All milkers of cows should understand that the udder and teats are highly organized, and consequently very sensitive; and these facts should be taken into consideration by amateur milkers, especially when their first essay is made on a young animal after the advent of her first calf, and that one just taken from her. At this period, the hard tugging and squeezing to which many poor dumb brutes have to submit in consequence of the application of hard-fisted, callous, or inexperienced fingers, is a barbarity of the very worst kind; for it often converts a docile creature into a vicious one, from which condition it is extremely difficult, if not impossible, to wean her.

Of every one of these requisites both wife and daughter were utterly ignorant. They went talking and laughing into the barn, one with a bright tin pail in her hand, an object which the cow had never before seen, and both made at her, forgetting that they were utter strangers to her. Besides, she was thinking of her absent calf, and did not want to see anything else. Their appearance and clamor of course frightened her, and as they approached her, so she avoided them. They followed, but she continued to avoid, and once or twice put down her head, shook it menacingly, and even made an incipient lunge at them with her sharply pointed horns. These decided demonstrations of anger frightened them in turn, and they forthwith gave up the pursuit of milk in the face of difficulties so unexpected. We got none that night. In the morning we sent for an experienced milker, but she had the utmost difficulty in getting the cow to stand quiet even for a moment. My wife was quite subdued about the matter. It would never do to keep a cow that nobody could milk. She said but little, however—it was her cow. Longer trial produced no more encouraging result, as she seemed untamable, and my wife was glad to have me sell her for twenty dollars, at the same time resolving never again to buy a cow with her first calf.

It was voted unanimously that another should be procured, and that this time the choice should be left to me. Now, I never had any idea of buying poor things of any kind merely because they were cheap. When purchasing or making tools or machinery, I never bought or made any but the very best, as I found that even a good workman could never do a good job with poor tools. So with all my farm implements—I bought the best of their kind that could be had. If my female gardeners had been furnished with heavy and clumsy hoes and rakes, because such were cheap, their mere weight would have disgusted them with the business of hoeing and weeding. So with a cow. It is true, I had become the owner of a magnificent thirty-dollar horse; but it was the only beast I could get hold of at the moment when a horse must be had. Besides, he turned out to be like a singed cat, a vast deal better than he looked. I had repeatedly heard of a cow in the neighbor­ing town, which was said to yield so much milk as to be the principal support of a small family whose head was a hopeless drunkard. She had cost seventy-five dollars, and had been a present to the drunkard's wife from one of her relatives. By careful inquiry, I satisfied myself that this cow gave twenty quarts daily, and that five months after calving, and on very indifferent pasture. I went to see her, and then her owner told me she was going to leave the place, and would sell the cow for fifty dollars. I did not hesitate a moment, but paid the money and had the cow brought home the same evening. My wife and daughter had not the least difficulty in learning to milk her. Under their treatment and my improved feeding, we kept her in full flow for a long time. She gave quite as much milk as two ordinary cows, while we had the expense of keeping only one. This I consider genuine good management: the best is always the cheapest.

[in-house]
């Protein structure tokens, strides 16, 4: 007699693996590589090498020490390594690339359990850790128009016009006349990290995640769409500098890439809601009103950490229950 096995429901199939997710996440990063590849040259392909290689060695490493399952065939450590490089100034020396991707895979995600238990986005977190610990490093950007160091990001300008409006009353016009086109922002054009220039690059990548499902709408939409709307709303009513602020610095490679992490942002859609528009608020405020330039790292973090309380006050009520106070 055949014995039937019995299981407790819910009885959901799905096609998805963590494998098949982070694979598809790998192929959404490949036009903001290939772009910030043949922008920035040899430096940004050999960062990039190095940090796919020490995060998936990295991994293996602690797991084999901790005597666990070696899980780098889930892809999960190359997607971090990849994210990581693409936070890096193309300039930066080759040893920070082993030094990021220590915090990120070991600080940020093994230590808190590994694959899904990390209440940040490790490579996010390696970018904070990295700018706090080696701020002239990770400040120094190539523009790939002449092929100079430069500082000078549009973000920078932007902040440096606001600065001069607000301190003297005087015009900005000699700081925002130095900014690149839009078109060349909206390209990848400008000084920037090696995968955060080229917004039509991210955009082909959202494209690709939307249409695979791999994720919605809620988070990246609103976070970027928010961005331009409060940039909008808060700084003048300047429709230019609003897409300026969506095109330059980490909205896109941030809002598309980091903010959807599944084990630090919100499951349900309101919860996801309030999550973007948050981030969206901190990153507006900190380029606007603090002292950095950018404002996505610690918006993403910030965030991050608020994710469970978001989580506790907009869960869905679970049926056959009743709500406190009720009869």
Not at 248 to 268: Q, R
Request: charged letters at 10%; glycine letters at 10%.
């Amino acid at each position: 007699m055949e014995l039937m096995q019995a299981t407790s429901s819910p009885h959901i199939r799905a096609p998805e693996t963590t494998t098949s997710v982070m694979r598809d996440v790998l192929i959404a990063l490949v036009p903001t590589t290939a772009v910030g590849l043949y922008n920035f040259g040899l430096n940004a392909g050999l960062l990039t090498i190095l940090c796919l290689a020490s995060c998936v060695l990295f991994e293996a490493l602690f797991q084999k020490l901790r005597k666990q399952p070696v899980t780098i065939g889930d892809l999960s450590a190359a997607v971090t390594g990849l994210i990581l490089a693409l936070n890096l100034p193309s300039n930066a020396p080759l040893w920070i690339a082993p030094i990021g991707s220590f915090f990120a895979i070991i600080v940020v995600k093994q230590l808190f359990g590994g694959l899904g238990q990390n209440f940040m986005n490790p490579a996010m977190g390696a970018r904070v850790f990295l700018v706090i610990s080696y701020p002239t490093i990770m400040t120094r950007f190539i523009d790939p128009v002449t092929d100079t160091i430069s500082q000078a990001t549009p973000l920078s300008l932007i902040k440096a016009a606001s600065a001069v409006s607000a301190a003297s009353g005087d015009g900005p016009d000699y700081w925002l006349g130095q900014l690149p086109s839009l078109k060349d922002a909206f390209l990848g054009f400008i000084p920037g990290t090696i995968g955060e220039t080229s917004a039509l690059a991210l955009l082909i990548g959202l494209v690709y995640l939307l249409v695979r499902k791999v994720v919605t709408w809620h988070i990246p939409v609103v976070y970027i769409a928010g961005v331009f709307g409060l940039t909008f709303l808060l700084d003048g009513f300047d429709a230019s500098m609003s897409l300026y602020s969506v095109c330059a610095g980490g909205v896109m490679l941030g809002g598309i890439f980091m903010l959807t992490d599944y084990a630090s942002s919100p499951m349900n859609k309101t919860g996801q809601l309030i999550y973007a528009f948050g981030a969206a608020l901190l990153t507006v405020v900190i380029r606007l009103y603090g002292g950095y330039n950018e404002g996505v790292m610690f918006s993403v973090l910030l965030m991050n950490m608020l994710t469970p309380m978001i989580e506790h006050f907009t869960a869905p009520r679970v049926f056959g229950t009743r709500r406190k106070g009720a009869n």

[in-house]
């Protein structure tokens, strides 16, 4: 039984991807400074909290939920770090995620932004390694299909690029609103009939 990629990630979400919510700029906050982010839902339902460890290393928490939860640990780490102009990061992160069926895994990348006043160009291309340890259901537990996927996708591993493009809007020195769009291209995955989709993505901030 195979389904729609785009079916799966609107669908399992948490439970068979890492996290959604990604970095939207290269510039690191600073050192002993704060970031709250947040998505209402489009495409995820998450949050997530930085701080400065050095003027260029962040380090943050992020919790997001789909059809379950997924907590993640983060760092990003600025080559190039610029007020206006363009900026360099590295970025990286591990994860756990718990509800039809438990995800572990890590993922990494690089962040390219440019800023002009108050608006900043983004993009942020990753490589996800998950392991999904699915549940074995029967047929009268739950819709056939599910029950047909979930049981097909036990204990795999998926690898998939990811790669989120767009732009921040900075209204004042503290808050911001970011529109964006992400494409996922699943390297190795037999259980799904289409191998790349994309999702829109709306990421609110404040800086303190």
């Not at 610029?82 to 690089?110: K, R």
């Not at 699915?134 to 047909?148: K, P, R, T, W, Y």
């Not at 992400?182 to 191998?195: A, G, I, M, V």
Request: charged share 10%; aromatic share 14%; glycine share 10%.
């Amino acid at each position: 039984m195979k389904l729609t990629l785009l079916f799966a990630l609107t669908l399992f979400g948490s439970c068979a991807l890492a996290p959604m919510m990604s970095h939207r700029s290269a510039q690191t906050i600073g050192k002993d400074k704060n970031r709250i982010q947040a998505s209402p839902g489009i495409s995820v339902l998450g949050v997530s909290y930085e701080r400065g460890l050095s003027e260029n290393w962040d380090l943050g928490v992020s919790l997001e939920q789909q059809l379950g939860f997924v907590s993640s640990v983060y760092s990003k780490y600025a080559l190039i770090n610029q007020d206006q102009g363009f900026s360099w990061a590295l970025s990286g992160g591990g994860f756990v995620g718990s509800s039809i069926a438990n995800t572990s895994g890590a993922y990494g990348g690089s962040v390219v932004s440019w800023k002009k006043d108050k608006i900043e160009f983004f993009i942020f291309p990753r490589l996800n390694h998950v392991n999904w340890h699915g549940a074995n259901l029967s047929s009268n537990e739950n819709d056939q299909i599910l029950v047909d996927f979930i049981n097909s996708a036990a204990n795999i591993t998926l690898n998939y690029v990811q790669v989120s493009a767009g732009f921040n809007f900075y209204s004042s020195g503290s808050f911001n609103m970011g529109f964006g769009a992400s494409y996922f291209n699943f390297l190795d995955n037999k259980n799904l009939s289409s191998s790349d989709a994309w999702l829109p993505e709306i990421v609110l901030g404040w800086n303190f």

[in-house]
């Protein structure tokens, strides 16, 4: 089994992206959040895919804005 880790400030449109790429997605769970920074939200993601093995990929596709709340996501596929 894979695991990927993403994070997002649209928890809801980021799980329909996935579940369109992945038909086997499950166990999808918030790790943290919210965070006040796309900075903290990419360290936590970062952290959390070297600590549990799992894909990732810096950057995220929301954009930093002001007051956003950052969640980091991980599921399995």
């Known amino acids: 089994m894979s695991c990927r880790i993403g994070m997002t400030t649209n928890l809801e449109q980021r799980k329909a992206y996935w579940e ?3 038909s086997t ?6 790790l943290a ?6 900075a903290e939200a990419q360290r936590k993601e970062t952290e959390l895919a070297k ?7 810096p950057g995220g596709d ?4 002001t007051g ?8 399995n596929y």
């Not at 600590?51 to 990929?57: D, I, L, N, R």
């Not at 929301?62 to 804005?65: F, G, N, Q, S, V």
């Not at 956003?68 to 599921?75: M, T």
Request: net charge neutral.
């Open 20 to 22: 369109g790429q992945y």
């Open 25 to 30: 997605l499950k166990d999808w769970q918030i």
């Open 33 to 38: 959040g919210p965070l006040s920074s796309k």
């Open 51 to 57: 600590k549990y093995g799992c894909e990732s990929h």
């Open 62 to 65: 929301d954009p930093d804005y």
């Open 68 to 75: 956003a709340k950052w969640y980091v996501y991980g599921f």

The cow was never permitted to go out of the barnyard. A trough of water enabled her to drink as often as she needed, but her green food was brought to her regularly three times daily, with double allowance at night. I began by mowing all the little grass-plots about the house and lanes, for in these sheltered nooks the sod sends up a heavy growth far in advance of field or meadow. But this supply was soon exhausted, though it lasted more than a week: besides, these usually neglected nooks afforded several mowings during the season, and the repeated cuttings produced the additional advantage of maintaining the sod in beautiful condition, as well as getting rid of numberless weeds. When the grass had all been once mowed over, we resorted to the clover. This also was mowed and taken to her; and by this treatment my little clover-field held out astonishingly. Long before I had gone over it once, the portion first mowed was up high enough to be mowed again. Indeed, we did secure some hay in addition. In this way both horse and cow were soiled. When the clover gave out, the green corn which I had sowed in rows was eighteen inches to two feet high, and in capital condition to cut and feed. It then took the place of clover. Both horse and cow devoured it with high relish. It was the extra sweet corn now so extensively cultivated in New Jersey for market, and contained an excess of saccharine matter, which made it not only very palatable, but which sensibly stimulated the flow of milk.